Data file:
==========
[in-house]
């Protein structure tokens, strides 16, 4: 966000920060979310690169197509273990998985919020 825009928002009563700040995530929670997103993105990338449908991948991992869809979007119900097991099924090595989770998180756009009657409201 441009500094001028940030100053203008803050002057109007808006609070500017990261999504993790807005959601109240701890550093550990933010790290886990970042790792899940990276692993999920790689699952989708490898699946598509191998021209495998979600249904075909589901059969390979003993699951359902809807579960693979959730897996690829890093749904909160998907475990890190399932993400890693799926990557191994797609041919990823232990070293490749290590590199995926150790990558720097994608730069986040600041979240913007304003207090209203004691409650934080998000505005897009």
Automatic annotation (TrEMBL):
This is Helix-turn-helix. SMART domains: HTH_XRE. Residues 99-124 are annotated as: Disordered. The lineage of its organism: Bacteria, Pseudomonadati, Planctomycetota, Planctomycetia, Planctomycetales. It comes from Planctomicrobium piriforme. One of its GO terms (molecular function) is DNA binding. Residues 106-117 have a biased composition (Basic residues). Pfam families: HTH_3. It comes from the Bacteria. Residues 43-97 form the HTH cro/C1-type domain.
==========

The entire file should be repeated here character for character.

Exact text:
[in-house]
């Protein structure tokens, strides 16, 4: 966000920060979310690169197509273990998985919020 825009928002009563700040995530929670997103993105990338449908991948991992869809979007119900097991099924090595989770998180756009009657409201 441009500094001028940030100053203008803050002057109007808006609070500017990261999504993790807005959601109240701890550093550990933010790290886990970042790792899940990276692993999920790689699952989708490898699946598509191998021209495998979600249904075909589901059969390979003993699951359902809807579960693979959730897996690829890093749904909160998907475990890190399932993400890693799926990557191994797609041919990823232990070293490749290590590199995926150790990558720097994608730069986040600041979240913007304003207090209203004691409650934080998000505005897009």
Automatic annotation (TrEMBL):
This is Helix-turn-helix. SMART domains: HTH_XRE. Residues 99-124 are annotated as: Disordered. The lineage of its organism: Bacteria, Pseudomonadati, Planctomycetota, Planctomycetia, Planctomycetales. It comes from Planctomicrobium piriforme. One of its GO terms (molecular function) is DNA binding. Residues 106-117 have a biased composition (Basic residues). Pfam families: HTH_3. It comes from the Bacteria. Residues 43-97 form the HTH cro/C1-type domain.